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  6. Thanks, Jonathan. Les had a dramatic life – some amazing friends – and was kind and generous, too – especially to me in my very first attempts to mount an argument for the study of Australian literature reflecting our diversity and which I titled with a line from one of his poems addressed to the childhood immigrant/DP background of his wife, Valerie: “The Deep End of the Schoolyard.” I think he himself suggested he was on the edge of the spectrum (Asperger’s) but if not I think I see it – and which no doubt accounted for some of that bluntness of assessment he may have uttered. I don’t mean to cast “the nasturtiums…he was after all a distant kinsman for whom I have felt pride and sympathy both!

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    • Yes, Jim. In the few interactions I had with him he was generous – especially in the comments he made on a poem I submitted to him, of which a later draft he subsequently published. There was often a harshness in his poetry, though, from his little squib about gay men ‘I shot an arrow in the air, It came to earth in Taylor Square etc’ to the serves-them-right poem about a hot-air balloon crash.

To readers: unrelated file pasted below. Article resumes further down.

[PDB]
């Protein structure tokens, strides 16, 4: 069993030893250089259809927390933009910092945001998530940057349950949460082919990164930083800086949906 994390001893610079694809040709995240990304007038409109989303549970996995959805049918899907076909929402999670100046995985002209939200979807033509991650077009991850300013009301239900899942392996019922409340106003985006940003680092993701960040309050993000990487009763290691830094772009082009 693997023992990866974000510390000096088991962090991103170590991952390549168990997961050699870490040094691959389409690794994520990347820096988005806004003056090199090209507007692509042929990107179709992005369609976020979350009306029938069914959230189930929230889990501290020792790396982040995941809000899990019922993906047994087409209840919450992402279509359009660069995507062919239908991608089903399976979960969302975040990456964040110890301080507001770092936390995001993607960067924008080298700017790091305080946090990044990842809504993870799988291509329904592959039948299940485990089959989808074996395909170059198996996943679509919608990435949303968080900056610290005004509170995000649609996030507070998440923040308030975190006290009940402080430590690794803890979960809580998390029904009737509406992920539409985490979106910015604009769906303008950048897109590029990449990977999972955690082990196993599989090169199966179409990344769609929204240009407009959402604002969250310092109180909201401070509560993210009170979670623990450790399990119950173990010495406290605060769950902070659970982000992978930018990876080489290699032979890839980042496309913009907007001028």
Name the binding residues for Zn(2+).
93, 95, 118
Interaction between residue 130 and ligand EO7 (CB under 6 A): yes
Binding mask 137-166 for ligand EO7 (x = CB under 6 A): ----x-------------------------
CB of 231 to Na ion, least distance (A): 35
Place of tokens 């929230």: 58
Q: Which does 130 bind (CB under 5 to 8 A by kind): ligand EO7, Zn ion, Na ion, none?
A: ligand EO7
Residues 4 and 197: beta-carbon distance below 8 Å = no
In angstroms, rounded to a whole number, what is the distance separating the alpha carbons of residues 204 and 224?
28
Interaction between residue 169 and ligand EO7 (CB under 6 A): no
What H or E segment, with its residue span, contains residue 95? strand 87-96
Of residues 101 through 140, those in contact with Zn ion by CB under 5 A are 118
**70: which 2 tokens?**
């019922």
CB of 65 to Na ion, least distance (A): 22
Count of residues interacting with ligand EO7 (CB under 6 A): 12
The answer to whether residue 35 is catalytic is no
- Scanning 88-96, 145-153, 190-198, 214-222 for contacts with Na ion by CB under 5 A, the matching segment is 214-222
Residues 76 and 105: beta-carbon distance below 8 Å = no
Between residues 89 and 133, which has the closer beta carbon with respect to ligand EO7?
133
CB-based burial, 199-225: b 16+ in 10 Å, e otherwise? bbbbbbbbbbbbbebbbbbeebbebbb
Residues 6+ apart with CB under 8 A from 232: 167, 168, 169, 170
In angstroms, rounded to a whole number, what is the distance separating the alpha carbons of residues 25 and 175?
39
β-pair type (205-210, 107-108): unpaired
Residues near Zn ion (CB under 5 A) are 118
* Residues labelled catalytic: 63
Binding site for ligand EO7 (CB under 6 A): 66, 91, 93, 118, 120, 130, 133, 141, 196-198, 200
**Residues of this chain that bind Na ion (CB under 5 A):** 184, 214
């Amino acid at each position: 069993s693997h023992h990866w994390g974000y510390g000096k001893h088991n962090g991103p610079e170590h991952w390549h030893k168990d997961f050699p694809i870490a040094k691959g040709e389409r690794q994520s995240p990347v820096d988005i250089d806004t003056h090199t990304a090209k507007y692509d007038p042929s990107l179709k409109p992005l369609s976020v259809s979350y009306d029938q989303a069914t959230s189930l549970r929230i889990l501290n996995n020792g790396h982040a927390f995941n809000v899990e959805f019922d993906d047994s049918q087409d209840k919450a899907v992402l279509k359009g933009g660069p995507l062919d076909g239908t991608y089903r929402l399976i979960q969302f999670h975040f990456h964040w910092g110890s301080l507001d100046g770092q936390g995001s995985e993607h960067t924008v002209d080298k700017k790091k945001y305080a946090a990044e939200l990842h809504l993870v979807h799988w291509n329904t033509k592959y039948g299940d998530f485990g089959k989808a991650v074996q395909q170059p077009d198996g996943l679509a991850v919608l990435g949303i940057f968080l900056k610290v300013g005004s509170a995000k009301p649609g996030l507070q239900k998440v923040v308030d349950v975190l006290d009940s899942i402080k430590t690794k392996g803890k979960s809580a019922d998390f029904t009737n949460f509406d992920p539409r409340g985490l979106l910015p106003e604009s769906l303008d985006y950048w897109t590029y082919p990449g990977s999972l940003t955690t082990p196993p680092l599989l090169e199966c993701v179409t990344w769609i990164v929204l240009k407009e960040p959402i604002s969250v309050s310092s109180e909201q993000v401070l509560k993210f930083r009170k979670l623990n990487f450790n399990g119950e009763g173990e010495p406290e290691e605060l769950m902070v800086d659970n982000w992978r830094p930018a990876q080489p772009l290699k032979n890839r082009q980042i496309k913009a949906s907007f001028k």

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  7. It’s interesting that there was this – I’m not sure how to put it – slightly uncharitable aspect – and I feel uncomfortable about mentioning it – but it was there – he may have been one of the giants of English language poetry but it did not therefore mean some of us reading his work were not aware of it. I have a friend in Japan – a true genius of the brush – whether oils or with ink – and always extraordinarily generous to me – but he too to his nearest and dearest could be what an observer might see as far too selfishly demanding. He had some amazing patrons – painted all along the Silk Road – as do all great Japanese artists – their pilgrimage path – and in the UK, too – and among those patrons one time one showing me some of the works from the artist. I looked closer – Utah. Logan City – and a snow covered range towering up behind the town – and a church small but still highlighted in the foreground. I mentioned that I have kin-folk with deep LDS connections to Utah – and one a brother-in-=law to Brigham Young who sent him off to the UK and the Continent to study Church architecture. Truman Osborn ANGELL his name. The architect of the Salt Lake City Temple. I spoke to the artist – he had visited as a guest and been to the region doing his paintings or at least the sketches towards the finished works in situ. I wrote to Logan – and received back a pamphlet of the beautiful Logan Temple – yes, architect T.O. Angell – but the builder in actual fact was his namesake son. If you go on-line you should be able to bring up some of the images. Sometimes figures of genius I suspect are always in the centre of their world – others of us (me at least) mere peripheral sounding boards/reflectors – important momentarily – to that centre – or more significant as the case may be – though not always seeing or aware of their own effect?